Google’s Penguin 2.0 update back in May was arguably one of the most significant search engine algorithm changes as it relates to writing web content since Panda first hit back in 2011. The main reason is, content marketers were told to stop (or limit) doing things they had been told to do since writing search engine-optimized content became so popular – and necessary.
So if you’re writing your web content the same way you were last year, or even earlier this year (ie, before May 22nd), you could be doing your website a lot of harm. To this end, following are five things to check before hitting publish.
2013 Search Engine Optimization Writing Checklist
To stay on the right side of Google -- and other search engines – following are the most important things to check before making your content live on the web.
1. Vary anchor text: In the past, we were told to target a few keyword phrases within our niche and create content around them, making sure to use the keywords we’d targeted as anchor text. This meant that many webmasters had tons of content with the same keyword as anchor text.
Now, that’s a no no. Google now sees this as a form of spam. What they want you to do now is vary your anchor text. So you’re going to have to target a lot more keywords and produce a lot more content with those keywords used as anchor text to rank well.
2. Avoid using exact match anchor text: Piggybacking on this last point, Google doesn’t want you using exact match anchor text.
What Is Exact Match Anchor Text?
Simply put, it’s when you use the EXACT form of a keyword/keyword phrase as anchor text -- even if it is misspelled and/or grammatically incorrect.
Now you might be thinking, “Why would someone use misspelled or grammatically incorrect words as anchor text?” Well spammers, for one. And this is why Google addressed this in the Penguin 2.0 update.
You see, some misspelled and/or grammatically incorrect keyword phrases get a lot of searches. So a lot of webmasters – spammers in particular – don’t hesitate to use them.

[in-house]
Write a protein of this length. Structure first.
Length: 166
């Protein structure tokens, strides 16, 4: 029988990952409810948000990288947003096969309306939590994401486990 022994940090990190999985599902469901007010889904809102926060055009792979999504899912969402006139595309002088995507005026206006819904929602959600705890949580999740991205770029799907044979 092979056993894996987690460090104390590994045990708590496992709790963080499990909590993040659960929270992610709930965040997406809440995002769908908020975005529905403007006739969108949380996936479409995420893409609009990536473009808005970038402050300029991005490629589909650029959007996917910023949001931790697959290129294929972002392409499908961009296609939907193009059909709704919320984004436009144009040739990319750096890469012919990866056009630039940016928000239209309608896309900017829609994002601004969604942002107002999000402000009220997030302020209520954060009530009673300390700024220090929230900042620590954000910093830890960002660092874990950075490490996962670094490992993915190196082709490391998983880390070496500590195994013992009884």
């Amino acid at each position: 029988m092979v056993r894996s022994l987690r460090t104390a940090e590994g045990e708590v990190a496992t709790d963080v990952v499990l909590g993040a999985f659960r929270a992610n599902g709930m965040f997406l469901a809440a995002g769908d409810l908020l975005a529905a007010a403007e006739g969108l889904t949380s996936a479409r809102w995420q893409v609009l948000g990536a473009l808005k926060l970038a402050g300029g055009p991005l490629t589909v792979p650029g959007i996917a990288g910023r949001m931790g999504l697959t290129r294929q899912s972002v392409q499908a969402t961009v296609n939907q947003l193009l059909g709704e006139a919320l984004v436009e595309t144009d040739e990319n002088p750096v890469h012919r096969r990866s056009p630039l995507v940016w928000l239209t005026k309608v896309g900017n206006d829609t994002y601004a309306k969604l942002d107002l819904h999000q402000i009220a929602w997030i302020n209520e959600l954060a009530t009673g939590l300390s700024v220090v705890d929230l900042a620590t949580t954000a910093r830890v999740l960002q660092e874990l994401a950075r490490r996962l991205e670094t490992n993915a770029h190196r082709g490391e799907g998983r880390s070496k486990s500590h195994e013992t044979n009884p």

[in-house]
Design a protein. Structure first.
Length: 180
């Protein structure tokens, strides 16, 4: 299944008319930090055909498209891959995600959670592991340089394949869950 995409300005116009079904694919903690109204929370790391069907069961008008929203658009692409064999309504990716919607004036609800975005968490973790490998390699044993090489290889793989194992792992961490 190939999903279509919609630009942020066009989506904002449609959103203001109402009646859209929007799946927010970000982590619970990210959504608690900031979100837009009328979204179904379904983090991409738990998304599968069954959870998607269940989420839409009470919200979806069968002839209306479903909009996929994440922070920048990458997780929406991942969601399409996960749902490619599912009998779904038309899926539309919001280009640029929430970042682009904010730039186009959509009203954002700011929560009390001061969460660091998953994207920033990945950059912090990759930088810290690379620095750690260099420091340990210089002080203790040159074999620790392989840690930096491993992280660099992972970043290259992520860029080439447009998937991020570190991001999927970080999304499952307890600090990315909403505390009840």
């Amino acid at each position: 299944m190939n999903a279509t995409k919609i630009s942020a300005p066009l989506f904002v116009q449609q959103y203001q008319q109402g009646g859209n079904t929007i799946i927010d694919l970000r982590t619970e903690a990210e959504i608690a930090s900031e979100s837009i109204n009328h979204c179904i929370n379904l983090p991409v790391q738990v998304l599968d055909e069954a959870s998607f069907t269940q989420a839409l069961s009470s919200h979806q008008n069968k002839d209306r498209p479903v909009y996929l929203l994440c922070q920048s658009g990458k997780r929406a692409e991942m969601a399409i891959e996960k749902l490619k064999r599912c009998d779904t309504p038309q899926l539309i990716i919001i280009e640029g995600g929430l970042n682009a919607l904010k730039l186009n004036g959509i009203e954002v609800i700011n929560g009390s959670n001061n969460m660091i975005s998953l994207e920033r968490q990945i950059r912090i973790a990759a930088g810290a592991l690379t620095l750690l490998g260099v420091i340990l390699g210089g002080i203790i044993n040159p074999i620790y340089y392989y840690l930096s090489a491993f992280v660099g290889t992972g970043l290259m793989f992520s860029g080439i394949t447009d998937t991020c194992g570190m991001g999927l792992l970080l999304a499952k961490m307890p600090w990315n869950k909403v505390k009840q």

So Google has said, “No more ranking well doing this buddy!” When you think about it, it makes sense. I mean, what legitimate business wants misspelled and/or grammatically incorrect text on their website. It hurts their image.
So when writing SEO content, don’t use these keyword phrases – even if they do get a lot of searches.
3. Use branded anchor text: Many of the changes Google implements – not just with Penguin 2.0, but with all of their changes – is done with the intent of moving online businesses to establish themselves as a brand (ie, a legitimate company) online.
This alone will cut out on a lot of the spam; ie, those who use the web to make a quick buck instead of build a legitimate, thriving business. Hence, the introduction of branded anchor text.
What Is Branded Anchor Text?
In case you don’t know, this is anchor text that references the brand name or URL of a company. Following are a few examples of what it looks like.
**Your Company Name
FYI, this is one way to get some variety in your anchor text.
4. Cite authority sources: The goal of a search engine is to return relevant, usable, CREDIBLE content. Citing authority sources gives your content more believability and credibility, which makes it more likely to be useful to the end user (web surfers).
So, try to cite at least one source in your content.
5. Use good grammar /spelling: This is a basic, but I’m constantly amazed at just how poorly written a lot of web copy still is.
No one can catch everything all the time – especially if you’re a prolific content marketer. But, doing the basics like running a spell check and doing a quick edit will go a long way towards helping you publish better content. And FYI, if it’s not your forte, it’s worth it to hire a freelance proofreader, editor or copy editor to help you out.
SEO writing post-Penguin 2.0 has gotten more stringent. And that’s good news for online freelance writers – who’ll be called on to create more of it.
About the Author: Yuwanda Black heads New Media Words, an SEO writing company she founded in 2008, and is the publisher of Inkwell Editorial, a blog devoted to helping others start successful, home-based writing careers. She's also the author of over 50 ebooks, most of which cover some aspect of freelance / SEO writing. They can be found on major outlets like Amazon and Barnes & Noble. Get everything you need to start a successful, freelance SEO content writing business -- earning anywhere from $35,000 to $75,000 per year.
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